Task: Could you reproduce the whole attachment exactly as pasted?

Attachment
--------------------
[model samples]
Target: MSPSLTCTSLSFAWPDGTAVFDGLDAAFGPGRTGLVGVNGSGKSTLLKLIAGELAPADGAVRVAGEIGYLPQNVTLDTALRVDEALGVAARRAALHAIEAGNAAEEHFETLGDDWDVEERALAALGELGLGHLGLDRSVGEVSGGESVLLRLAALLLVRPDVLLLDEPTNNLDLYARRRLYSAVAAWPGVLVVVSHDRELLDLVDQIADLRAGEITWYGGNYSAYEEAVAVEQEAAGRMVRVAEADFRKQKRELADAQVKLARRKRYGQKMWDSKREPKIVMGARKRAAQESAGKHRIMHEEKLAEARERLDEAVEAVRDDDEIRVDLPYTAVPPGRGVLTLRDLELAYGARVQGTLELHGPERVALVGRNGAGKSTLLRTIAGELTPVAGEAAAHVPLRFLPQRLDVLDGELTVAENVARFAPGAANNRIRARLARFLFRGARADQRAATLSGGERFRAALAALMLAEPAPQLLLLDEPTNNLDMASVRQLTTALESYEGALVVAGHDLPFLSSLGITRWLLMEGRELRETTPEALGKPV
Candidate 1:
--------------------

[model samples]
Target: MSPSLTCTSLSFAWPDGTAVFDGLDAAFGPGRTGLVGVNGSGKSTLLKLIAGELAPADGAVRVAGEIGYLPQNVTLDTALRVDEALGVAARRAALHAIEAGNAAEEHFETLGDDWDVEERALAALGELGLGHLGLDRSVGEVSGGESVLLRLAALLLVRPDVLLLDEPTNNLDLYARRRLYSAVAAWPGVLVVVSHDRELLDLVDQIADLRAGEITWYGGNYSAYEEAVAVEQEAAGRMVRVAEADFRKQKRELADAQVKLARRKRYGQKMWDSKREPKIVMGARKRAAQESAGKHRIMHEEKLAEARERLDEAVEAVRDDDEIRVDLPYTAVPPGRGVLTLRDLELAYGARVQGTLELHGPERVALVGRNGAGKSTLLRTIAGELTPVAGEAAAHVPLRFLPQRLDVLDGELTVAENVARFAPGAANNRIRARLARFLFRGARADQRAATLSGGERFRAALAALMLAEPAPQLLLLDEPTNNLDMASVRQLTTALESYEGALVVAGHDLPFLSSLGITRWLLMEGRELRETTPEALGKPV
Candidate 1: